I’m one to learn by trial and error. When I first learned about bokashi, I knew I’d eventually bury my fermented scraps in a container and not in the yard. This is a no-brainer for a gal who is embarking on a container gardening journey.
When my fermented wastes were ready, I took a 5-gallon bucket into the yard and filled it with yard dirt. I took that dirt and lined the bottom of a 25-gallon Rubbermaid container situated on the deck. To that dirt, I added my 5 gallons of fermented kitchens scraps.
Bokashi Mistake # 1:
Dumping 5 gallons of bokashi scraps onto 5 gallons of dirt. What I should have done was dump maybe a gallon of the scraps, mixed it with dirt and then dump the next gallon. I should have used the lasagna or layered approach.
Next, I added 6 to 8 inches of topsoil atop of the bokashi scraps.
Bokashi Mistake # 2:
Pouring 6 to 8 inches of topsoil over 5 gallons of unmixed, unintegrated fermented bokashi matter. You see, the fermented mix breaks down faster if it’s fully integrated with the dirt.
Mixing bokashi with dirt to break it down is similar to seasoning a piece of meat. Seasoning on a huge slab of beef then cooking it within the hour is nowhere as tasty as taking the same piece of beef, cutting it into smaller portions and then seasoning it. The seasoning to meat ratio works better when the hunk of meat is cut into smaller pieces.
Bokashi Mistake # 3:
Increase the dirt to bokashi scrap interaction. A single banana peel will break down faster if the peel is cut into smaller pieces prior to being integrated with the dirt. I could have cut the banana peel before placing it into the bokashi fermenting bucket, or I could have chopped it up with the shovel as I mixed it with the dirt. I did neither.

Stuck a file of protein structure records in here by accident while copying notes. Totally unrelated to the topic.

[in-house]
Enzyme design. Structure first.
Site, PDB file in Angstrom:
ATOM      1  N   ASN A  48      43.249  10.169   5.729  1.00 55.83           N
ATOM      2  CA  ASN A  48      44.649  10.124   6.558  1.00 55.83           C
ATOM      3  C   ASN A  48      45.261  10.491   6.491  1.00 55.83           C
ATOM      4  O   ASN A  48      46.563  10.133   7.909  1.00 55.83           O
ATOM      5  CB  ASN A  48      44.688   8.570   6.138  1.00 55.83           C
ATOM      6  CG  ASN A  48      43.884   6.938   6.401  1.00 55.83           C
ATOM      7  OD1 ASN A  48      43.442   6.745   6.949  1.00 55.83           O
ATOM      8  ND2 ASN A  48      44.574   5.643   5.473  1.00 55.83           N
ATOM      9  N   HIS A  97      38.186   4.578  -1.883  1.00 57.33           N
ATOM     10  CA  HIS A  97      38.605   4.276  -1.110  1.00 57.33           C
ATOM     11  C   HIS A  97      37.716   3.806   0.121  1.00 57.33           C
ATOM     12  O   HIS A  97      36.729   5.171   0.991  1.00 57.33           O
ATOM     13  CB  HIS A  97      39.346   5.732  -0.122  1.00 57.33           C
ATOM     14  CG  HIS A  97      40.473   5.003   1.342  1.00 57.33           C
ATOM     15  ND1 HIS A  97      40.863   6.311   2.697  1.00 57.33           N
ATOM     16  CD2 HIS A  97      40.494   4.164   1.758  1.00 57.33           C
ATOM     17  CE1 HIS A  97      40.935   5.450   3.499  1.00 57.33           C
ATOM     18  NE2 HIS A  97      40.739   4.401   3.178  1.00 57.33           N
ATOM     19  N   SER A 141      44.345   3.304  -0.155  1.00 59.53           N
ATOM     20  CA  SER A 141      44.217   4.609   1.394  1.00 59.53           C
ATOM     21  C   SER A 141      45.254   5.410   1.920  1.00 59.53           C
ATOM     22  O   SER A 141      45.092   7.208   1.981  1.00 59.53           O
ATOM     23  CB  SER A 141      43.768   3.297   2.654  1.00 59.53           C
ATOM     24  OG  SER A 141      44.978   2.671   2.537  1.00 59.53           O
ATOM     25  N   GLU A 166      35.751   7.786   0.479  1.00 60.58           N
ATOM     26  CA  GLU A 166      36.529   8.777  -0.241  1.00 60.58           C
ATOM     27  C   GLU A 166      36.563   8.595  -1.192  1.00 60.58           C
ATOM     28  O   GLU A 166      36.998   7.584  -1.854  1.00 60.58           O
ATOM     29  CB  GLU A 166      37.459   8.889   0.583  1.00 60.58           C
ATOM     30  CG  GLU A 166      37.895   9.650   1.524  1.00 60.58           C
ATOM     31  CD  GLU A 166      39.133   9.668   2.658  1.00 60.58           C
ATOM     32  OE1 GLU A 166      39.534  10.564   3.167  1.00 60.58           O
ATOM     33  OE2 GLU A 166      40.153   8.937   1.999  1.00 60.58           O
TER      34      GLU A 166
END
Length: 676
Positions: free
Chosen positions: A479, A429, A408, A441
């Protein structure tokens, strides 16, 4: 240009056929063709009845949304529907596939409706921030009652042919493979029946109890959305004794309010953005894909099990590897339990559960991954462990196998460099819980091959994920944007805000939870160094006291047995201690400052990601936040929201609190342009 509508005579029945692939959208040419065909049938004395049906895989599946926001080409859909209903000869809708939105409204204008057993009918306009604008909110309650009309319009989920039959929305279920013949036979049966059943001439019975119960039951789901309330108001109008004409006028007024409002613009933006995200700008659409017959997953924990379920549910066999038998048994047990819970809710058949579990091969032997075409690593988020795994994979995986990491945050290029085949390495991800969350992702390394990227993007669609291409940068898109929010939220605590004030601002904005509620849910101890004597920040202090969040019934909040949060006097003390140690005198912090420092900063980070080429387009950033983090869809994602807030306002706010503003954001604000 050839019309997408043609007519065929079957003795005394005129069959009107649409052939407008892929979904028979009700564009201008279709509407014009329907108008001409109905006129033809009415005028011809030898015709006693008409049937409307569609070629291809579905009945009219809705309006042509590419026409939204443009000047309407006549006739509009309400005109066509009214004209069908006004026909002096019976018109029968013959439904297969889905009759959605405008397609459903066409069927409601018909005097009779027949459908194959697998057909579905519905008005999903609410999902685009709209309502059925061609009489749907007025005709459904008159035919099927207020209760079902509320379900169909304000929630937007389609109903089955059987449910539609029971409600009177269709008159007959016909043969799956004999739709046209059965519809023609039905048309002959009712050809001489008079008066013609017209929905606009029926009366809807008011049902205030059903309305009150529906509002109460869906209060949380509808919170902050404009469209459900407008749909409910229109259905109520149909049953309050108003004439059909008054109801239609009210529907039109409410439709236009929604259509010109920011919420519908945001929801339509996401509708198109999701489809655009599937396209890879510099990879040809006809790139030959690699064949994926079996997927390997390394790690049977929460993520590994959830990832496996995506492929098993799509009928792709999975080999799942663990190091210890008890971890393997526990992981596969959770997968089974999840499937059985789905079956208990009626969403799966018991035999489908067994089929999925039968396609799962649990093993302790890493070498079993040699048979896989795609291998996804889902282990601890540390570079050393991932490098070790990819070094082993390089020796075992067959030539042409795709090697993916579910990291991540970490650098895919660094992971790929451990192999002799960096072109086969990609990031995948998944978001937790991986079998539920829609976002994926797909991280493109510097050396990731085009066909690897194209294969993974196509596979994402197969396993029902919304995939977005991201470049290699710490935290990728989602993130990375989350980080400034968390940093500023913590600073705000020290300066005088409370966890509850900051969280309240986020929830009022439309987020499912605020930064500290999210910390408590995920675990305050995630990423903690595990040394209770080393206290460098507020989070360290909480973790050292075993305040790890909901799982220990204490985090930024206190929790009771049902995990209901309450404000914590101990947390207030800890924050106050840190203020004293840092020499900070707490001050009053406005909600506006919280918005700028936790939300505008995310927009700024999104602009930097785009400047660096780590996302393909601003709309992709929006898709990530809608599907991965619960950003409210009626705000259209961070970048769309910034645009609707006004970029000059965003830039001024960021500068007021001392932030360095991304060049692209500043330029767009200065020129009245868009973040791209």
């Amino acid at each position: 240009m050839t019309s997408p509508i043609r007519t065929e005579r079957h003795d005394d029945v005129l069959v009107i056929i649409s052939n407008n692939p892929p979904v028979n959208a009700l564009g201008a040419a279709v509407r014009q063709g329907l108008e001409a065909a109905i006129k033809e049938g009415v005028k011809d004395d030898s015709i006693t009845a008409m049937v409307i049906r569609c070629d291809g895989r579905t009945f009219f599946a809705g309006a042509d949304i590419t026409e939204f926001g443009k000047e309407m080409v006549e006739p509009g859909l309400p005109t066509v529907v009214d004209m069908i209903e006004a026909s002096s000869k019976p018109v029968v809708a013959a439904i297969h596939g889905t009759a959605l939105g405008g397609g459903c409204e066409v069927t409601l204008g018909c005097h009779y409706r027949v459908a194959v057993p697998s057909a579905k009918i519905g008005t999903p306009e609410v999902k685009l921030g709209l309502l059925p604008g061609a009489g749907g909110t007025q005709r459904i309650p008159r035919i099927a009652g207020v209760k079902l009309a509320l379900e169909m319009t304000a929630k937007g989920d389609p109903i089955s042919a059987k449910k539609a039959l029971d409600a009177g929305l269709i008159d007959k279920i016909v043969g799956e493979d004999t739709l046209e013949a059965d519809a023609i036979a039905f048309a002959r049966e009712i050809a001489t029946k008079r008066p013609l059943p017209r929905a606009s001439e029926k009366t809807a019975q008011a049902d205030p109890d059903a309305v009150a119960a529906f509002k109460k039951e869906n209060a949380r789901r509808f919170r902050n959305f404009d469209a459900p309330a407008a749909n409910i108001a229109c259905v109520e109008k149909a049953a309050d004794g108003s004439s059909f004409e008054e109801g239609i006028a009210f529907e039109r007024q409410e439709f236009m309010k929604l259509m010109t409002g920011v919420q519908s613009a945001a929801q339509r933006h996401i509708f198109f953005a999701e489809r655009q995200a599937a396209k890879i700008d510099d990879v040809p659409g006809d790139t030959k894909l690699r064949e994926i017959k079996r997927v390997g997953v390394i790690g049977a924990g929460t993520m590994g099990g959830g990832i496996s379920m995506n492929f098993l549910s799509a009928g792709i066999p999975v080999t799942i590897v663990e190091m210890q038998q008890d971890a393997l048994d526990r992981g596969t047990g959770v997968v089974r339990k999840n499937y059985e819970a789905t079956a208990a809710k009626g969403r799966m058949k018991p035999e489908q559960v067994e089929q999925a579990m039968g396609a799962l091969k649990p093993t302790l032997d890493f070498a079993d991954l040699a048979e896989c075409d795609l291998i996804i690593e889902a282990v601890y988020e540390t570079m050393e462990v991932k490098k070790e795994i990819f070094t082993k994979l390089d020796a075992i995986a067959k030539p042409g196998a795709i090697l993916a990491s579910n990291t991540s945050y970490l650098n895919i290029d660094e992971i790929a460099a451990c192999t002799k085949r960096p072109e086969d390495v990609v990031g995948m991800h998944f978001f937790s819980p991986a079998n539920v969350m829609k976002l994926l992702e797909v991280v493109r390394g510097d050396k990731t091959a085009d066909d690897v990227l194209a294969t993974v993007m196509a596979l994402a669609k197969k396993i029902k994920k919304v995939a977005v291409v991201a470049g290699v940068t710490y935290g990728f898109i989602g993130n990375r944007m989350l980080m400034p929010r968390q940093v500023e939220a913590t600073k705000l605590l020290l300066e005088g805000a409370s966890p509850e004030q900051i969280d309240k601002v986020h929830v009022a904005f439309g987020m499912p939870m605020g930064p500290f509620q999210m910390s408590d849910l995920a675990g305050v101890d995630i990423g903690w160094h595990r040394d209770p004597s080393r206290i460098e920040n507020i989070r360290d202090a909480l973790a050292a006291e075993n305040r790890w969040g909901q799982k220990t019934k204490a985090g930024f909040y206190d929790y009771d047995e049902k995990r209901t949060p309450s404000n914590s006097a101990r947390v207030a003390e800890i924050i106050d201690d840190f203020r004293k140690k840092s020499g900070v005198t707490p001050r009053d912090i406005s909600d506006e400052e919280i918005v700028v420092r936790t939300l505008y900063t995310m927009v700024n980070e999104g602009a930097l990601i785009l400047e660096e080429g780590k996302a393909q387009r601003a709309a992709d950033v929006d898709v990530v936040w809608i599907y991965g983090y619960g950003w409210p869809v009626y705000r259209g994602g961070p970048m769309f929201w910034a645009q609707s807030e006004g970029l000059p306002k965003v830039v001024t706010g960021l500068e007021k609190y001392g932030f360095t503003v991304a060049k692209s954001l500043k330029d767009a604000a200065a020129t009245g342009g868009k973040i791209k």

After making all of the above mistakes I thought my bokashi would be ready in two weeks. When I opened the container I fully expected to see rich, black, nutrient-rich soil.
Mistake # 4:
It may take more than 2 weeks for the fermented items to break down. It will take even longer if you made all of the mistakes that I made.
Moral of this Post
Learn from my mistakes. You can use a container to break down your fermented bokashi, but it won’t be ready in two weeks if you make the above mistakes.
It’s a good thing I have another 5-gallon bucket ready to be buried. I’ll correct my mistakes on the second go ‘round. Stay tuned!.
5/16/12 Update: Apparently my big mistake wasn’t a mistake at all. Everything was working as it should. I was laboring under a huge misconception. See my “Aha” moment post